In a second study to make performance comparisons between Bs2 transgenic lines and standard commercial varieties, five trials were carried out to assess disease severity and yield impact (Fig. 2, Tables S5 (individual trial results) and S6 (combined trial results). As shown in Figure 2A, the lowest level of disease severity in these trials was again observed on transgenic lines, with scores of 2.0 and 1.9, for hemizygous and homozygous Bs2 lines, respectively, contrasted with the high susceptibility of the non-transformed VF 36 line with a disease severity score of 6.6. All four of the commercial lines displayed appreciable disease symptoms with ratings between 4.9 and 6. In yield comparisons, the addition of Bs2 into the VF 36 background substantially increased marketable and total yields of this un-adapted California variety to levels comparable to commercial Florida varieties (Fig. 2B). VF 36 had the lowest marketable and total fruit yields of all the lines used in the trials, but the presence of Bs2 in the VF 36 background boosted marketable yield from 0.06–1.49 kg/plant to 0.49–2.47 kg/plant, and total yields were increased from 0.12–2.40 kg/plant to 0.67–3.29 kg/plant.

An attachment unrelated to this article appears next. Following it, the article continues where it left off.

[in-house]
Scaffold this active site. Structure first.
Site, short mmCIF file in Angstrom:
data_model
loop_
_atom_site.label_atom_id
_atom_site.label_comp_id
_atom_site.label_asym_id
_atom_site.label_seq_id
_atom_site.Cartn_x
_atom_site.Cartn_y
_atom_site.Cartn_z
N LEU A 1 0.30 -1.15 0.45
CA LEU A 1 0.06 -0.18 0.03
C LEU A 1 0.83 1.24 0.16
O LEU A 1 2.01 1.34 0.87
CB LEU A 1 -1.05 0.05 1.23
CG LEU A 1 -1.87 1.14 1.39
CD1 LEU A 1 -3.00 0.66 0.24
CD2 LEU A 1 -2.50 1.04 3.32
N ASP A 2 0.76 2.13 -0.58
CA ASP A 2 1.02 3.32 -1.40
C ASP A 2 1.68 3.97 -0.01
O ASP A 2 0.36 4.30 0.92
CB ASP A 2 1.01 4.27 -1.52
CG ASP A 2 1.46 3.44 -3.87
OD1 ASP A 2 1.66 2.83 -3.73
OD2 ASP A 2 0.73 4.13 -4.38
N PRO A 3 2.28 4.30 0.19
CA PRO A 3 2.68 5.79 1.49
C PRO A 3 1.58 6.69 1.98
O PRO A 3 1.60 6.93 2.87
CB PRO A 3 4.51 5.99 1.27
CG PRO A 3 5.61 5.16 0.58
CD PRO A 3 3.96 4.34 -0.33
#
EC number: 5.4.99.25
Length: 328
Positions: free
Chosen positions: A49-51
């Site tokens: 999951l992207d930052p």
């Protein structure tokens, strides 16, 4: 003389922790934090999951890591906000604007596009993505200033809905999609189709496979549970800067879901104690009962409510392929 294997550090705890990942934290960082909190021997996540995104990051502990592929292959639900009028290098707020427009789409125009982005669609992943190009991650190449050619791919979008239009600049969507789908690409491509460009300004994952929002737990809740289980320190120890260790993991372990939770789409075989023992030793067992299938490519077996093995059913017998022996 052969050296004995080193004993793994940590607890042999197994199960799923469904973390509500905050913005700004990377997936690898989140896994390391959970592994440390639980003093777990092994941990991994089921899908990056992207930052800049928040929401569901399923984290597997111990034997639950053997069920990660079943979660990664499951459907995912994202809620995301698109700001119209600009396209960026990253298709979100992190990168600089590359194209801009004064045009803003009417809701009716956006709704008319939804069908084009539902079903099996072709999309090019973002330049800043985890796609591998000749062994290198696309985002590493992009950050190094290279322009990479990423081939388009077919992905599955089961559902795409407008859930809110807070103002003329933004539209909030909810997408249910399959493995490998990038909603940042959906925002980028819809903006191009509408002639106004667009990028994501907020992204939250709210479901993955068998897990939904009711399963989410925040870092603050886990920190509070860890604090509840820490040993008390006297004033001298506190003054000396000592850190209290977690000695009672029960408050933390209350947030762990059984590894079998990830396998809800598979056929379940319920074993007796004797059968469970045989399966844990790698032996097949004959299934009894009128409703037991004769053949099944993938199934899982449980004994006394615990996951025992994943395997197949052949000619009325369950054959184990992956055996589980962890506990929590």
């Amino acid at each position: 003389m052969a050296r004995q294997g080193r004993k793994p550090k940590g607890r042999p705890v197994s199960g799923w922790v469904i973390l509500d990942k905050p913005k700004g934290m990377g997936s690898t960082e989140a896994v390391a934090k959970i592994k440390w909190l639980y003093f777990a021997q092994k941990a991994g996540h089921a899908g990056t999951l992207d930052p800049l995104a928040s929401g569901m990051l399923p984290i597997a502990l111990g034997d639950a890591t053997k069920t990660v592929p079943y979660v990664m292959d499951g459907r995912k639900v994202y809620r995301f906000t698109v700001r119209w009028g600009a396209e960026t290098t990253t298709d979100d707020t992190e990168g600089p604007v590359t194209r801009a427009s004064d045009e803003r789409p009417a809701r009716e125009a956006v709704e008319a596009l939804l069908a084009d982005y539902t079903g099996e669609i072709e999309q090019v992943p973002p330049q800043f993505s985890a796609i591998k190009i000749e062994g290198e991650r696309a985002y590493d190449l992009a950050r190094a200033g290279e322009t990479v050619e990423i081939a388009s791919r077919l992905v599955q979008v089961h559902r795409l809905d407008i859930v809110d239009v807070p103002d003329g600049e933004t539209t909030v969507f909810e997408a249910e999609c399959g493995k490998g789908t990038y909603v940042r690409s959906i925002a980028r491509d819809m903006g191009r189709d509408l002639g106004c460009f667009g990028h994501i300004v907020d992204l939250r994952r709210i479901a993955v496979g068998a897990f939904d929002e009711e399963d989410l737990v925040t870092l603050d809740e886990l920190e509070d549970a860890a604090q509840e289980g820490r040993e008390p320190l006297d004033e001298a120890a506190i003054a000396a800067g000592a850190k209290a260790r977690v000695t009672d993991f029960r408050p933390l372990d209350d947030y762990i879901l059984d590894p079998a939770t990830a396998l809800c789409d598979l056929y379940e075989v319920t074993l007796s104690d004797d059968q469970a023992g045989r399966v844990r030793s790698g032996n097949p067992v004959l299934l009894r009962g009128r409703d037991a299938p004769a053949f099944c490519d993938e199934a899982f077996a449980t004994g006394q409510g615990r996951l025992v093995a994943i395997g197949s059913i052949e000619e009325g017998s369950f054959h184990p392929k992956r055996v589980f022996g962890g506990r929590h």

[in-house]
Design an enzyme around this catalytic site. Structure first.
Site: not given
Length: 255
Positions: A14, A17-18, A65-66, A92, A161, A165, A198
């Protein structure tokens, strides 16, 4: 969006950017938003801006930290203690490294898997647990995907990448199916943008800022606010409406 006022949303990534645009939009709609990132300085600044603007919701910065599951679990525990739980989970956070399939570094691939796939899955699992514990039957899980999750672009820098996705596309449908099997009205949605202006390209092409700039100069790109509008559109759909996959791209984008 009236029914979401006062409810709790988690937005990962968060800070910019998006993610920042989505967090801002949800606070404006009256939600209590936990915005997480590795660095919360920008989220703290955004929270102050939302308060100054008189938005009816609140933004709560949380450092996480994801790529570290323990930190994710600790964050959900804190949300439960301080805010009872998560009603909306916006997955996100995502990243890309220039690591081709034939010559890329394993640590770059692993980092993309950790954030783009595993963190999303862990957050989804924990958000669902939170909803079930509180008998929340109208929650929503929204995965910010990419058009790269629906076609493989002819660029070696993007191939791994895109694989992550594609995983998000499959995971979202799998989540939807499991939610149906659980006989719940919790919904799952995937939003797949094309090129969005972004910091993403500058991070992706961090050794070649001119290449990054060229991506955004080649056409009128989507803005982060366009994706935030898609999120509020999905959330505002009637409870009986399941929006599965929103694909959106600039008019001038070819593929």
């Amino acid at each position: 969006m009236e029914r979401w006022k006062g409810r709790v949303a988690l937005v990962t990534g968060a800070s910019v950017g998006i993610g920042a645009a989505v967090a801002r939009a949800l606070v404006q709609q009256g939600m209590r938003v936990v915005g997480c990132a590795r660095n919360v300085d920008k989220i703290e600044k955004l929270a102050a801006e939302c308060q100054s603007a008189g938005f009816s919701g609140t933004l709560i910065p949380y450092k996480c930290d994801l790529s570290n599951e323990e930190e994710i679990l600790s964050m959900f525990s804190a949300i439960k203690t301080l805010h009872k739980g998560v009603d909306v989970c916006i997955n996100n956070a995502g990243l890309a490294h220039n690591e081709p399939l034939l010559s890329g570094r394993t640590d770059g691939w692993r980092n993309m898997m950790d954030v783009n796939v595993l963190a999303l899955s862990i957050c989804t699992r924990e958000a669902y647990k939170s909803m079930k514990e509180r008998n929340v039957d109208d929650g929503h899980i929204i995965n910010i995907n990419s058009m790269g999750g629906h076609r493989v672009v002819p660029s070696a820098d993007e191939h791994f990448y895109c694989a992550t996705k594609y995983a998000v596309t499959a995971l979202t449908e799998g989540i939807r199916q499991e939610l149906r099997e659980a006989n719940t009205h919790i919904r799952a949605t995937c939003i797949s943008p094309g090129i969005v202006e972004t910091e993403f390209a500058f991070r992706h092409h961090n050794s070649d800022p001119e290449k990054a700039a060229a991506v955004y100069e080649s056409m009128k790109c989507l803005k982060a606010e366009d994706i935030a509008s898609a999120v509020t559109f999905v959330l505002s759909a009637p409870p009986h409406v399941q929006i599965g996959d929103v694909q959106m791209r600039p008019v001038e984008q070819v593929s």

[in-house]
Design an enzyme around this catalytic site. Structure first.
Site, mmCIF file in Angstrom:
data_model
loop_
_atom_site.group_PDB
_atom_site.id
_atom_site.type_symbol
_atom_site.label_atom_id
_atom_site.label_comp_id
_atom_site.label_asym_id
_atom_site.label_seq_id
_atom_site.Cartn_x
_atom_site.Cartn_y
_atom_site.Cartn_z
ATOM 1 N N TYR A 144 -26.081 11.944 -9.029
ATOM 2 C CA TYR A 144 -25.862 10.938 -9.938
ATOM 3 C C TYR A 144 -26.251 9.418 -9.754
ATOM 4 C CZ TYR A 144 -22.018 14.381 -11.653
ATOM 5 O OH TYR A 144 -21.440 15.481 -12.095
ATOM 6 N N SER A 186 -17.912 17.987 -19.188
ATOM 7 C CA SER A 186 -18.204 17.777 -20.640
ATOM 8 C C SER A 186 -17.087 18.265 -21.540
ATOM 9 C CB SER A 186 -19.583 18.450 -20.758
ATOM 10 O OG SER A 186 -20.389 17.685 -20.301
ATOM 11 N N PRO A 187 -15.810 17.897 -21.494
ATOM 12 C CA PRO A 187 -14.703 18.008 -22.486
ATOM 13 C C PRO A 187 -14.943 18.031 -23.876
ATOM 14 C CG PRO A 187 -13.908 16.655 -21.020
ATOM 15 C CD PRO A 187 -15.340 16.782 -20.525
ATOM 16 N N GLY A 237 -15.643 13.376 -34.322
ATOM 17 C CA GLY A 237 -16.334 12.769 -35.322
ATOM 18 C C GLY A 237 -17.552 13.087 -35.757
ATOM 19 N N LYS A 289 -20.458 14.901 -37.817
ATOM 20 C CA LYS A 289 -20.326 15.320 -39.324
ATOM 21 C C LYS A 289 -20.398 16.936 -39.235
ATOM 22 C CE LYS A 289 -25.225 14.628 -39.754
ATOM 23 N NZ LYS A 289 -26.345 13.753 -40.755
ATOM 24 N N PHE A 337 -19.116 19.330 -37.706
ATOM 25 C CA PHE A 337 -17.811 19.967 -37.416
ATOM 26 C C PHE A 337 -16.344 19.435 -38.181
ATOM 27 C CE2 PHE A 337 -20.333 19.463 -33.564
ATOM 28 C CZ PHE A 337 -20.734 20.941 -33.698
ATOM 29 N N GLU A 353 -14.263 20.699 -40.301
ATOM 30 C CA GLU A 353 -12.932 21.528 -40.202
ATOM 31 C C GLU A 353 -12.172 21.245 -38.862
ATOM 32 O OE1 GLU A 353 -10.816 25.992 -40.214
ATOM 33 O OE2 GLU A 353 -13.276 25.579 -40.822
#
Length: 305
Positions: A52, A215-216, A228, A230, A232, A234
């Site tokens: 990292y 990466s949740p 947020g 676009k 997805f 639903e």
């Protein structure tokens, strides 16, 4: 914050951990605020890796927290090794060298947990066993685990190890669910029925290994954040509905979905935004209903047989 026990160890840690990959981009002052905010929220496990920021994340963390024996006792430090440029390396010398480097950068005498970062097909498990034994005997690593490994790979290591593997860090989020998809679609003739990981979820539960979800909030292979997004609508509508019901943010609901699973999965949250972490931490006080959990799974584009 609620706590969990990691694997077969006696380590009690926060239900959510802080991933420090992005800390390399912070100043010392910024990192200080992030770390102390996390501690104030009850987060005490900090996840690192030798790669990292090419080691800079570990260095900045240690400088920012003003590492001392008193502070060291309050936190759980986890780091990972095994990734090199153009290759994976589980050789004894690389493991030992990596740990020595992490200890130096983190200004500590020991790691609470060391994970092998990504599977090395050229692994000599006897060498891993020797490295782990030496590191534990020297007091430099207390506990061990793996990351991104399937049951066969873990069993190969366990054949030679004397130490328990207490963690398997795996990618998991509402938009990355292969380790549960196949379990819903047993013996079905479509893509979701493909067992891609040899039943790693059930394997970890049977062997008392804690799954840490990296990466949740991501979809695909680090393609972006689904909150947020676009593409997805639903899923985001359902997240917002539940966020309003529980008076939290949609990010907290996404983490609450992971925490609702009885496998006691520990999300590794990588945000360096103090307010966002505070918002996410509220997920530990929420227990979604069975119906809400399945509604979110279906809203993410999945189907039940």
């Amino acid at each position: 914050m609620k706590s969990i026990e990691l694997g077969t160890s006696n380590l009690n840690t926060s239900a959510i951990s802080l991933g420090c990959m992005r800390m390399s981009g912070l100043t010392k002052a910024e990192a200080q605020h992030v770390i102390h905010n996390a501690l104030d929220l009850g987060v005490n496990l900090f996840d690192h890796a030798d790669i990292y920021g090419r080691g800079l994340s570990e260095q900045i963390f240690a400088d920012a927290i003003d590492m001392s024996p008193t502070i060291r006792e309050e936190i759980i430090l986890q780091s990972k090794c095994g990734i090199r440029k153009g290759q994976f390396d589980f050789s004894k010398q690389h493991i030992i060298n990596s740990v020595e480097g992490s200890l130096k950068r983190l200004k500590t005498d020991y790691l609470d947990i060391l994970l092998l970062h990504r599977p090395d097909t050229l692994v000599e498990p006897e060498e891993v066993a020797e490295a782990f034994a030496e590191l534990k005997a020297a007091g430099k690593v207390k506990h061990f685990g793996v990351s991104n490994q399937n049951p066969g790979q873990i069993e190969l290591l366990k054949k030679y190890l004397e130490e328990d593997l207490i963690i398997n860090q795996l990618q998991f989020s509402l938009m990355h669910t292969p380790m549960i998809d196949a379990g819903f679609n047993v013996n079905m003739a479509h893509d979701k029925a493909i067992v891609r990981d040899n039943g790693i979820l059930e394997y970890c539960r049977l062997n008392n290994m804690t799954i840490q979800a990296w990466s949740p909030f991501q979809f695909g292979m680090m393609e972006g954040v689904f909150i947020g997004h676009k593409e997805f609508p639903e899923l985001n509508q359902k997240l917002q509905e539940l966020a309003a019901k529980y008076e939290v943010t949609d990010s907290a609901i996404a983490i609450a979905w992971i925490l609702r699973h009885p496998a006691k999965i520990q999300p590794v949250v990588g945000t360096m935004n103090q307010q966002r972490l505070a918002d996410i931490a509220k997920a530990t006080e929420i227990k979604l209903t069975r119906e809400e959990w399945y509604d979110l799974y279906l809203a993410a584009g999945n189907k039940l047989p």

Results from Balm, FL, field trials, 2007–2010. Data shown are the combined analysis of five trials (Table S6), derived from the individual trial results given in Table S5. a: Bacterial spot disease severity. Disease severity was determined by the Horsfall-Barratt defoliation scale (See Fig. 1 legend) . Error bars denote standard errors of the mean. Letters above bars indicate statistically significant differences in mean values. b: Yield. Marketable yield (open bars) is kg per plant for medium, large, and extra large fruit. Total yield (filled bars) is kg per plant for marketable yield plus small fruit and culls. VF 36 lines have no (VF36), one (VF36-Bs2 hemi) or two (VF36-Bs2 homo) copies of the Bs2 gene. Error bars denote standard errors of the mean. Letters above bars indicate statistically significant differences in mean values for total yield data, whereas letters below bars indicate significant differences in mean values for marketable yield data.
Comparisons with non-inoculated, disease free plants were not possible under Florida field conditions where the disease is endemic.
Bs2 Confers a Positive Yield Effect Even under Low Disease Pressure